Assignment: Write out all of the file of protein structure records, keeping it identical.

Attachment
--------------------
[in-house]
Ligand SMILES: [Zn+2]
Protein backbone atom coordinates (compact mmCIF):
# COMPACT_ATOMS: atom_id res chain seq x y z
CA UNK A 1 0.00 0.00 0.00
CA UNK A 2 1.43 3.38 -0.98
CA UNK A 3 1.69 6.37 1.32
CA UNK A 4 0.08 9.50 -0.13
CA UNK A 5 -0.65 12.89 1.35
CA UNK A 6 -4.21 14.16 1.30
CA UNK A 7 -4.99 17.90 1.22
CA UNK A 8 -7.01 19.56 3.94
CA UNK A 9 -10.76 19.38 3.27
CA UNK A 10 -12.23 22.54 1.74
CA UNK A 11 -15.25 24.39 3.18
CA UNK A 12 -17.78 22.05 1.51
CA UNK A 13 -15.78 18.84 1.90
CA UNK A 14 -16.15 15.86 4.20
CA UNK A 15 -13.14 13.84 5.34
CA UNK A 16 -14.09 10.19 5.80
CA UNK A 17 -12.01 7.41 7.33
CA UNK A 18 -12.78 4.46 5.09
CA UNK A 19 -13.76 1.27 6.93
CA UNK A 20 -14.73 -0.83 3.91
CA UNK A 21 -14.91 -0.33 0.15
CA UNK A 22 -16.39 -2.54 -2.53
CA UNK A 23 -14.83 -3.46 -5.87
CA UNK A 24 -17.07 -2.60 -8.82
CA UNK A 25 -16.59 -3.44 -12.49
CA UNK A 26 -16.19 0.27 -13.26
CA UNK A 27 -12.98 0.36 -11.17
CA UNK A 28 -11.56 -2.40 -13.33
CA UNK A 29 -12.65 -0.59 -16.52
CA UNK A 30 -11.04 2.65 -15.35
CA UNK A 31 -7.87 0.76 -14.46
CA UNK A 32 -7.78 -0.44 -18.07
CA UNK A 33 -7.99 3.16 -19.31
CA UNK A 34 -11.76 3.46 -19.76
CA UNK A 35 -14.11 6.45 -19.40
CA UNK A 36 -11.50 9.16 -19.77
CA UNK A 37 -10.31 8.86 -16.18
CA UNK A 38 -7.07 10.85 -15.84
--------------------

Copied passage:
[in-house]
Ligand SMILES: [Zn+2]
Protein backbone atom coordinates (compact mmCIF):
# COMPACT_ATOMS: atom_id res chain seq x y z
CA UNK A 1 0.00 0.00 0.00
CA UNK A 2 1.43 3.38 -0.98
CA UNK A 3 1.69 6.37 1.32
CA UNK A 4 0.08 9.50 -0.13
CA UNK A 5 -0.65 12.89 1.35
CA UNK A 6 -4.21 14.16 1.30
CA UNK A 7 -4.99 17.90 1.22
CA UNK A 8 -7.01 19.56 3.94
CA UNK A 9 -10.76 19.38 3.27
CA UNK A 10 -12.23 22.54 1.74
CA UNK A 11 -15.25 24.39 3.18
CA UNK A 12 -17.78 22.05 1.51
CA UNK A 13 -15.78 18.84 1.90
CA UNK A 14 -16.15 15.86 4.20
CA UNK A 15 -13.14 13.84 5.34
CA UNK A 16 -14.09 10.19 5.80
CA UNK A 17 -12.01 7.41 7.33
CA UNK A 18 -12.78 4.46 5.09
CA UNK A 19 -13.76 1.27 6.93
CA UNK A 20 -14.73 -0.83 3.91
CA UNK A 21 -14.91 -0.33 0.15
CA UNK A 22 -16.39 -2.54 -2.53
CA UNK A 23 -14.83 -3.46 -5.87
CA UNK A 24 -17.07 -2.60 -8.82
CA UNK A 25 -16.59 -3.44 -12.49
CA UNK A 26 -16.19 0.27 -13.26
CA UNK A 27 -12.98 0.36 -11.17
CA UNK A 28 -11.56 -2.40 -13.33
CA UNK A 29 -12.65 -0.59 -16.52
CA UNK A 30 -11.04 2.65 -15.35
CA UNK A 31 -7.87 0.76 -14.46
CA UNK A 32 -7.78 -0.44 -18.07
CA UNK A 33 -7.99 3.16 -19.31
CA UNK A 34 -11.76 3.46 -19.76
CA UNK A 35 -14.11 6.45 -19.40
CA UNK A 36 -11.50 9.16 -19.77
CA UNK A 37 -10.31 8.86 -16.18
CA UNK A 38 -7.07 10.85 -15.84